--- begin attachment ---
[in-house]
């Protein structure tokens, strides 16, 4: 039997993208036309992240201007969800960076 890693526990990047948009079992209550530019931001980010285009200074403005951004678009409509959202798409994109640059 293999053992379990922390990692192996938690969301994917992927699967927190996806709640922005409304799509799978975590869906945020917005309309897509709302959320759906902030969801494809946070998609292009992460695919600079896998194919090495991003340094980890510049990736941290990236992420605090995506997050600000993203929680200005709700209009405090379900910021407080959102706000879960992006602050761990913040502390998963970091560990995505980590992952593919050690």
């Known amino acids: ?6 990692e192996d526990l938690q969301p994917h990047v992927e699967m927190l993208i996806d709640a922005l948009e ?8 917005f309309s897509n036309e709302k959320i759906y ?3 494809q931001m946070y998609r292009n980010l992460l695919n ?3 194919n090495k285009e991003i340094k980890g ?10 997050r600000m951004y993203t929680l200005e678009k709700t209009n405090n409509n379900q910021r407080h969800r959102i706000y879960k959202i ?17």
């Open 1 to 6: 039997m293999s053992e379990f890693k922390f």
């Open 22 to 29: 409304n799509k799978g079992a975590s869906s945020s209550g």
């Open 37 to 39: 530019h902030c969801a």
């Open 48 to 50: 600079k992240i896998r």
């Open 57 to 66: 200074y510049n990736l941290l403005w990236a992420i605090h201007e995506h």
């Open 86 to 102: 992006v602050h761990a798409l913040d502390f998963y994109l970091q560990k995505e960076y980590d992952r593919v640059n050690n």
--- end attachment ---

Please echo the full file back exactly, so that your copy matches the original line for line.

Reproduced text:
[in-house]
């Protein structure tokens, strides 16, 4: 039997993208036309992240201007969800960076 890693526990990047948009079992209550530019931001980010285009200074403005951004678009409509959202798409994109640059 293999053992379990922390990692192996938690969301994917992927699967927190996806709640922005409304799509799978975590869906945020917005309309897509709302959320759906902030969801494809946070998609292009992460695919600079896998194919090495991003340094980890510049990736941290990236992420605090995506997050600000993203929680200005709700209009405090379900910021407080959102706000879960992006602050761990913040502390998963970091560990995505980590992952593919050690």
């Known amino acids: ?6 990692e192996d526990l938690q969301p994917h990047v992927e699967m927190l993208i996806d709640a922005l948009e ?8 917005f309309s897509n036309e709302k959320i759906y ?3 494809q931001m946070y998609r292009n980010l992460l695919n ?3 194919n090495k285009e991003i340094k980890g ?10 997050r600000m951004y993203t929680l200005e678009k709700t209009n405090n409509n379900q910021r407080h969800r959102i706000y879960k959202i ?17």
């Open 1 to 6: 039997m293999s053992e379990f890693k922390f």
């Open 22 to 29: 409304n799509k799978g079992a975590s869906s945020s209550g």
């Open 37 to 39: 530019h902030c969801a």
């Open 48 to 50: 600079k992240i896998r």
């Open 57 to 66: 200074y510049n990736l941290l403005w990236a992420i605090h201007e995506h």
């Open 86 to 102: 992006v602050h761990a798409l913040d502390f998963y994109l970091q560990k995505e960076y980590d992952r593919v640059n050690n």